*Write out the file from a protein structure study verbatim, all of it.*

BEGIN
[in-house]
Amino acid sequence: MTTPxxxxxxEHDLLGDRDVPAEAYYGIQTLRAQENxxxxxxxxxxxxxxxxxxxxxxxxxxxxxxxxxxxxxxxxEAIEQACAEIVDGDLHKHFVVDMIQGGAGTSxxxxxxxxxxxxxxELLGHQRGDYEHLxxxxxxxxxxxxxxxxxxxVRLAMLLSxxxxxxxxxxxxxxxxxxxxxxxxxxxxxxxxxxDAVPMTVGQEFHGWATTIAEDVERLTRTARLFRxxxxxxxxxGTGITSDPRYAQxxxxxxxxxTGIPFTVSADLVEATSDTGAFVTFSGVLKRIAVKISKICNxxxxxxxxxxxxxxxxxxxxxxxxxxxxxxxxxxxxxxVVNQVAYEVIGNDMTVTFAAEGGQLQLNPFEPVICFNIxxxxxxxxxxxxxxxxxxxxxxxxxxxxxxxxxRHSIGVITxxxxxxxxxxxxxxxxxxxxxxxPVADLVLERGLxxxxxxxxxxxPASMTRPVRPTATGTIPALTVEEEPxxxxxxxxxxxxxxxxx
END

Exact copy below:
[in-house]
Amino acid sequence: MTTPxxxxxxEHDLLGDRDVPAEAYYGIQTLRAQENxxxxxxxxxxxxxxxxxxxxxxxxxxxxxxxxxxxxxxxxEAIEQACAEIVDGDLHKHFVVDMIQGGAGTSxxxxxxxxxxxxxxELLGHQRGDYEHLxxxxxxxxxxxxxxxxxxxVRLAMLLSxxxxxxxxxxxxxxxxxxxxxxxxxxxxxxxxxxDAVPMTVGQEFHGWATTIAEDVERLTRTARLFRxxxxxxxxxGTGITSDPRYAQxxxxxxxxxTGIPFTVSADLVEATSDTGAFVTFSGVLKRIAVKISKICNxxxxxxxxxxxxxxxxxxxxxxxxxxxxxxxxxxxxxxVVNQVAYEVIGNDMTVTFAAEGGQLQLNPFEPVICFNIxxxxxxxxxxxxxxxxxxxxxxxxxxxxxxxxxRHSIGVITxxxxxxxxxxxxxxxxxxxxxxxPVADLVLERGLxxxxxxxxxxxPASMTRPVRPTATGTIPALTVEEEPxxxxxxxxxxxxxxxxx